Purpose To compare, in a retrospective study, biochemical failure-free survival (bFFS) and overall survival (OS) in low-risk and intermediate-risk prostate cancer patients who received brachytherapy (BT) (either low-dose-rate brachytherapy [LDR-BT] or high-dose-rate brachytherapy with external beam radiation therapy [HDR-BT+EBRT]) versus external beam radiation therapy (EBRT) alone. Methods and Materials Patient data were obtained from the ProCaRS database, which contains 7974 prostate cancer patients treated with primary radiation therapy at four Canadian cancer institutions from 1994 to 2010. Propensity score matching was used to obtain the following 3 matched cohorts with balanced baseline prognostic factors: (1) low-risk LDR-BT versus EBRT; (2) intermediate-risk LDR-BT versus EBRT; and (3) intermediate-risk HDR-BT+EBRT versus EBRT. Kaplan-Meier survival analysis was performed to compare differences in bFFS (primary endpoint) and OS in the 3 matched groups. Results Propensity score matching created acceptable balance in the baseline prognostic factors in all matches. Final matches included 2 1:1 matches in the intermediate-risk cohorts, LDR-BT versus EBRT (total n=254) and HDR-BT+EBRT versus EBRT (total n=388), and one 4:1 match in the low-risk cohort (LDR-BT:EBRT, total n=400). Median follow-up ranged from 2.7 to 7.3 years for the 3 matched cohorts. Kaplan-Meier survival analysis showed that all BT treatment options were associated with statistically significant improvements in bFFS when compared with EBRT in all cohorts (intermediate-risk EBRT vs LDR-BT hazard ratio [HR] 4.58, P=.001; intermediate-risk EBRT vs HDR-BT+EBRT HR 2.08, P=.007; low-risk EBRT vs LDR-BT HR 2.90, P=.004). No significant difference in OS was found in all comparisons (intermediate-risk EBRT vs LDR-BT HR 1.27, P=.687; intermediate-risk EBRT vs HDR-BT+EBRT HR 1.55, P=.470; low-risk LDR-BT vs EBRT HR 1.41, P=.500). Conclusions Propensity score matched analysis showed that BT options led to statistically significant improvements in bFFS in low- and intermediate-risk prostate cancer patient populations. © 2015 Elsevier Inc. All rights reserved. Source

Rodrigues G.,London Health Sciences Center | Lukka H.,Juravinski Cancer Center | Warde P.,Princess Margaret Cancer Center | Brundage M.,Kingston Regional Cancer Center | And 11 more authors.
Radiotherapy and Oncology | Year: 2013

Background The Genitourinary Radiation Oncologists of Canada (GUROC) published a three-group risk stratification (RS) system to assist prostate cancer decision-making in 2001. The objective of this project is to use the ProCaRS database to statistically model the predictive accuracy and clinical utility of a proposed new multi-group RS schema. Methods The RS analyses utilized the ProCaRS database that consists of 7974 patients from four Canadian institutions. Recursive partitioning analysis (RPA) was utilized to explore the sub-stratification of groups defined by the existing three-group GUROC scheme. 10-fold cross-validated C-indices and the Net Reclassification Index were both used to assess multivariable models and compare the predictive accuracy of existing and proposed RS systems, respectively. Results The recursive partitioning analysis has suggested that the existing GUROC classification system could be altered to accommodate as many as six separate and statistical unique groups based on differences in BFFS (C-index 0.67 and AUC 0.70). GUROC low-risk patients would be divided into new favorable-low and low-risk groups based on PSA ≤6 and PSA >6. GUROC intermediate-risk patients can be subclassified into low-intermediate and high-intermediate groups. GUROC high-intermediate-risk is defined as existing GUROC intermediate-risk with PSA >=10 AND either T2b/c disease or T1T2a disease with Gleason 7. GUROC high-risk patients would be subclassified into an additional extreme-risk group (GUROC high-risk AND (positive cores ≥87.5% OR PSA >30). Conclusions Proposed RS subcategories have been identified by a RPA of the ProCaRS database. © 2013 Elsevier Ireland Ltd. All rights reserved. Source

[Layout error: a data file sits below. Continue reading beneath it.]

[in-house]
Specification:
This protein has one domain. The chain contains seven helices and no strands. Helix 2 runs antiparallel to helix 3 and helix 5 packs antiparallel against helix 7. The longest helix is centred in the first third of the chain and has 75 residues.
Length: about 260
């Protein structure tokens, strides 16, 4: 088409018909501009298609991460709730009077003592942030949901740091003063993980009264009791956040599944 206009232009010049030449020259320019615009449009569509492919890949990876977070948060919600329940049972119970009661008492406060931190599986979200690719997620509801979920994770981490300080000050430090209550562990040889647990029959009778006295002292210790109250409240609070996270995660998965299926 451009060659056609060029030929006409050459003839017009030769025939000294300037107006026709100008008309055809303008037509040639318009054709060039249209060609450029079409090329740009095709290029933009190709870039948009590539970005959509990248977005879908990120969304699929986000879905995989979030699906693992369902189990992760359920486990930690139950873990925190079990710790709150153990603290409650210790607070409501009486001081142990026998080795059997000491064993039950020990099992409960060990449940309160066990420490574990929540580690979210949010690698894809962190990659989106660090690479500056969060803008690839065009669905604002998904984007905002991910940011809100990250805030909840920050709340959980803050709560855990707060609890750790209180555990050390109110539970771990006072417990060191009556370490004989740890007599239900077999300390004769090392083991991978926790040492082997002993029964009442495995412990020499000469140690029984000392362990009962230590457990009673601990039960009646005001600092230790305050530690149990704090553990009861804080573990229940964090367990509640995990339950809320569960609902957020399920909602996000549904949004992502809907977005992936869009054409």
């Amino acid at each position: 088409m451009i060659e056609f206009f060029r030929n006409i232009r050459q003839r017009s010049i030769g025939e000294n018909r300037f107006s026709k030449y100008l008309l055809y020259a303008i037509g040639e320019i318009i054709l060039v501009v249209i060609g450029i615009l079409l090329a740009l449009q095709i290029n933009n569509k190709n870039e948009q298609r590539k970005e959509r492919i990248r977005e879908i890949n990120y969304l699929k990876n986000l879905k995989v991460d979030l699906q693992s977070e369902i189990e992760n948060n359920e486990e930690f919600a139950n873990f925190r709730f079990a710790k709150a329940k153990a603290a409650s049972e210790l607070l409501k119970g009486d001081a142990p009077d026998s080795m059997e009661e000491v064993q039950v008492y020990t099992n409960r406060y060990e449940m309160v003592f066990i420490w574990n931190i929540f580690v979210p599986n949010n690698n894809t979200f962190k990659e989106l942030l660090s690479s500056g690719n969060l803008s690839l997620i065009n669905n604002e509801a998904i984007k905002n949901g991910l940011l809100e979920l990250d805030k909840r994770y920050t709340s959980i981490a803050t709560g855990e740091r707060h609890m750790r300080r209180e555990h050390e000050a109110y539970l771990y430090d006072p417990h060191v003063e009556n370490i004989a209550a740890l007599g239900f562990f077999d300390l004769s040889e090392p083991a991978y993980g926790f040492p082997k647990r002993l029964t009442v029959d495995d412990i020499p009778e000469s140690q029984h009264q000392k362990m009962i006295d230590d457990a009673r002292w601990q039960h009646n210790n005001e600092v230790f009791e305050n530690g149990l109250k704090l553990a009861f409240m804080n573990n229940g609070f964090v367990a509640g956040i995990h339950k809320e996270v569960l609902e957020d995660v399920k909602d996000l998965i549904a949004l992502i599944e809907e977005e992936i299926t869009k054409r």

McCormick B.,Sloan Kettering Cancer Center | Winter K.,Radiation Therapy Oncology Group Statistical Center | Hudis C.,Sloan Kettering Cancer Center | Kuerer H.M.,University of Houston | And 16 more authors.
Journal of Clinical Oncology | Year: 2015

Purpose The Radiation Therapy Oncology Group 9804 study identified good-risk patients with ductal carcinoma in situ (DCIS), a breast cancer diagnosis found frequently in mammographically detected cancers, to test the benefit of radiotherapy (RT) after breast-conserving surgery compared with observation. Patients and Methods This prospective randomized trial (1998 to 2006) in women with mammographically detected lowor intermediate-grade DCIS, measuring less than 2.5 cm with margins - 3 mm, compared RT with observation after surgery. The study was designed for 1,790 patients but was closed early because of lower than projected accrual. Six hundred thirty-six patients from the United States and Canada were entered; tamoxifen use (62%) was optional. Ipsilateral local failure (LF) was the primary end point; LF and contralateral failure were estimated using cumulative incidence, and overall and disease-free survival were estimated using the Kaplan-Meier method. Results Median follow-up time was 7.17 years (range, 0.01 to 11.33 years). Two LFs occurred in the RT arm, and 19 occurred in the observation arm. At 7 years, the LF rate was 0.9% (95% CI, 0.0% to 2.2%) in the RT arm versus 6.7% (95% CI, 3.2% to 9.6%) in the observation arm (hazard ratio, 0.11; 95% CI, 0.03 to 0.47; P <.001). Grade 1 to 2 acute toxicities occurred in 30% and 76% of patients in the observation and RT arms, respectively; grade 3 or 4 toxicities occurred in 4.0% and 4.2% of patients, respectively. Late RT toxicity was grade 1 in 30%, grade 2 in 4.6%, and grade 3 in 0.7% of patients. Conclusion In this good-risk subset of patients with DCIS, with a median follow-up of 7 years, the LF rate was low with observation but was decreased significantly with the addition of RT. Longer follow-up is planned because the timeline for LF in this setting seems protracted. © 2015 by American Society of Clinical Oncology. Source